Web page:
Thursday night members of the future ISU Photo Society went out with me to the Snake River near Pingree, Idaho for some astrolandscape photography. The evening was clear and cold (dropped to about 25F), with a great view of the Milky Way. Fortunately, there were a number of meteorites throughout the evening. Several show up in my stacked star trails shot. Other fun happened with there was an unexpected “fire dance”, as I call them. Jake and Dakota had brought along some steel wool and a wire whisk on a lanyard. Once they had it lit and spinning the sparks were really flying! It made a great addition to beauty and solitude of the evening. All total, we had 8 students participate, ranging from beginning to graduated. Enjoy the show!
Meteorite passes by in front of Milky Way on the Snake River. Looking towards American Falls, Idaho.
Saturday night I went up to Crystal Summit, overlooking Arbon Valley, with some of my students (Alyssa, Jacob, and Mikah). Pleasant evening with clear skies, crisp temperatures, coyotes yapping, and a nearly full-moon. Although the moon made for a bright sky and landscape, I still managed to capture some of the Milky Way. The great thing about this time of year is that it doesn’t take long for the sky to get dark. We did see a few meteorites from the Orionid Meteor shower. Here’s a few shots.
Jake on left and Mikah sitting with 2 cameras.
Jake (l) helping Alyssa and Mikah (R) working two cameras while two airplanes fly over Arbon Valley.
Alyssa (L) and Mikah (R) at Crystal Summit while shooting star trails. Six shots at 2 minutes each, f2.8, ISO 100.
This week the Photo Comm class headed out to Chesterfield, Idaho. There at the abandoned townsite, we worked on landscape and panoramic photos. While there, a significant rainstorm blew in from the mountains; some folks got wet and others took shelter where they could find it…for me, it was in the old milking barn! Afterwards, we headed south along the Portneuf River and were treated to a double rainbow. About a dozen of us had dinner at the world famous ChuckWagon, in Lava Hot Springs, before heading back to campus.
L to R: Malia, Helena, Keelyn, outside the old milking barn at Chesterfield.
L to R foreground: Jake’s arms, Alyssa; L to R background: Ritesh, Evelyn, Arielle, and Kashual.
L to R: Helena, Malia, Kaitlin in the rain at Chesterfield
ISU Photo students in the Photo Communication class learning how to reflect light using the versatile 5-in-1 reflector kit. Perfect autumn afternoon to be out on campus photographing!
November’s new moon proved to be an exceedingly dark night! On Saturday (Nov. 18), myself and Dr. Rob Edsall met up with six of my photo students at Craters of the Moon National Monument. The monument also happens to be designated an International Dark Sky Park, which means the night sky gets down-right dark! We set up our gear, including Dr. Edsall’s 10-inch reflector telescope, just before sunset and we worked until about 9pm. At that point the temperature dropped to about 18F (about -8C)….our gear was starting to ice-up. So, we fired up the camp stove and had some hot chocolate! In the gallery below, you will find some of my shots and a few from students. Enjoy!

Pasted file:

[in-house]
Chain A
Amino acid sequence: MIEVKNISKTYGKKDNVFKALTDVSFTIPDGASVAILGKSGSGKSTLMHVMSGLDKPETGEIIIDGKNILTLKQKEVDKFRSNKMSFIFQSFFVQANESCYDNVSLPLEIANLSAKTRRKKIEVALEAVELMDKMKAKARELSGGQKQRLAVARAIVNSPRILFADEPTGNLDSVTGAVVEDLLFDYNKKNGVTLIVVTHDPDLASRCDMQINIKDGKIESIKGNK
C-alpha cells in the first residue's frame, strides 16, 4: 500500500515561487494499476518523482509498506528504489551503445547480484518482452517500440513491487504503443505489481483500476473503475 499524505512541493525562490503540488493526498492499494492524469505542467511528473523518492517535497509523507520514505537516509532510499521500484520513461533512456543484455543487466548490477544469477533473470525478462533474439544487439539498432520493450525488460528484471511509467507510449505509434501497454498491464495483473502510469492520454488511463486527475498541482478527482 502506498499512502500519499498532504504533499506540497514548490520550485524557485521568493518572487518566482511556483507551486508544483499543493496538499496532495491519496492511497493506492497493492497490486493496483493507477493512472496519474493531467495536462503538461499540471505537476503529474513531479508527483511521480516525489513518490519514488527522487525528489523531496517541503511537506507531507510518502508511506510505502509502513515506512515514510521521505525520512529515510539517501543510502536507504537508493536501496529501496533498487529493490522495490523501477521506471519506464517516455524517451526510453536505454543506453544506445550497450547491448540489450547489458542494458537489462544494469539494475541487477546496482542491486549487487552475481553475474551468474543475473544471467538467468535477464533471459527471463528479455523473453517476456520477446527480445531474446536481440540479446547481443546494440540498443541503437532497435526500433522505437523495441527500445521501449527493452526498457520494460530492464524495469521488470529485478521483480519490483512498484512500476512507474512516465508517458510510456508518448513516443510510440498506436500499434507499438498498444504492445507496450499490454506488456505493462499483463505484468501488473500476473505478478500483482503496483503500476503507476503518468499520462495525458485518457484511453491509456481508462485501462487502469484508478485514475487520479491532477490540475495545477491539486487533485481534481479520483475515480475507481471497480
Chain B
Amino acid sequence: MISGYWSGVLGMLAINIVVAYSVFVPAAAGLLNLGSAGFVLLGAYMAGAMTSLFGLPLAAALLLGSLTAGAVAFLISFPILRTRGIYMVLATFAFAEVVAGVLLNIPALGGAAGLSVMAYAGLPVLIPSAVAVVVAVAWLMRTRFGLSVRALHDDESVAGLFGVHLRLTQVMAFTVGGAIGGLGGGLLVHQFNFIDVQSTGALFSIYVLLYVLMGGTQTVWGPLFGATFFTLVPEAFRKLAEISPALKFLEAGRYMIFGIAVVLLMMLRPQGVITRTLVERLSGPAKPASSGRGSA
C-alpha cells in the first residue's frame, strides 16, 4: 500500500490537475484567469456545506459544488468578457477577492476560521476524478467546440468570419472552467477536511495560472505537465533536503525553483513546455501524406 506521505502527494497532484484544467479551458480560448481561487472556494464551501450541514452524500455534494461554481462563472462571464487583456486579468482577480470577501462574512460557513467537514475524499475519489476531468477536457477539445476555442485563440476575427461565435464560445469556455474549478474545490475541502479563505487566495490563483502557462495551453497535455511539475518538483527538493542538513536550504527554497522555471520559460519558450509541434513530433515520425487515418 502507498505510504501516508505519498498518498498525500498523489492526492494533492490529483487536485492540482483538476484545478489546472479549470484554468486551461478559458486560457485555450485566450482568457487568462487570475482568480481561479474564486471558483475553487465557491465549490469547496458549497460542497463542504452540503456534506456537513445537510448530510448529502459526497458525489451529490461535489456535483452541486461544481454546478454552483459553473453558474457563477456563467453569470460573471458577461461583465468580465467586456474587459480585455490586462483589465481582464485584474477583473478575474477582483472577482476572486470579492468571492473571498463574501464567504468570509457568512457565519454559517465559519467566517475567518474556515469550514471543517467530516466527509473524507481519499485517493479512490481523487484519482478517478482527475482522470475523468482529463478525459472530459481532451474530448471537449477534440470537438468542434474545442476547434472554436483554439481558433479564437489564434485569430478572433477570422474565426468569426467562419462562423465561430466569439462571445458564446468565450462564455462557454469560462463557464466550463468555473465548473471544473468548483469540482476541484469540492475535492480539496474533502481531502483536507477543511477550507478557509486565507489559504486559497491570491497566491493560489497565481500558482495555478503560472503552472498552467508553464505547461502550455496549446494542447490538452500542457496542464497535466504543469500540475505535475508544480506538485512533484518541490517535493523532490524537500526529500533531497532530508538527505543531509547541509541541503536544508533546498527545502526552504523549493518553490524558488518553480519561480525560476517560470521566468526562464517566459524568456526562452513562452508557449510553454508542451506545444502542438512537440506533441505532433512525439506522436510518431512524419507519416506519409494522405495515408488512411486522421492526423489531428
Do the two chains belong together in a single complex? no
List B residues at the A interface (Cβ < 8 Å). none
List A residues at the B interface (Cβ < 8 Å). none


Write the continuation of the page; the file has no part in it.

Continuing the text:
Star trails at Craters of the Moon National Monument and International Dark Sky Park.
This past weekend some of the Photo Comm students went with me out to Chesterfield Reservoir to work on night photography. We had clear skies with half a moon. That was good and bad at the same time. Good in that it lit up the landscape, bad in that it obstructed a pure view of the Milky Way galaxy. On the other hand, we did see several satellites overhead and two really nice meteors. Unfortunately during my startrail exposures, I had a malfunction with my intervalometer…operator error! That’s why there’s gaps in the trails. Students brave enough to sit in the cold were Mikah, Diana, Dakota, and Jake. After a few hours of cold and chasing away wandering cattle, I broke-out the camp stove and made us some hot chocolate. Overall, I thought it was a fun evening!
My Photo Communication class is working through a module on landscape and environmental photography. So, we took to the field and worked on panos and close-ups at Chesterfield, an abandoned Mormon settlement from the late 1890s. On the way back to Lava Hot Springs for dinner, we encountered a young bull moose in the middle of the road. A van full of photographers and no one had a camera ready! After a few moments, I managed to grab my small P&S Fuji and captured a couple of shots of him in the field next to the road. Afterwards, we went to the Chuck Wagon in Lava Hot Springs for a bite to eat. Great afternoon with great students!
Photo Communication class at Chesterfield working on panorama image making.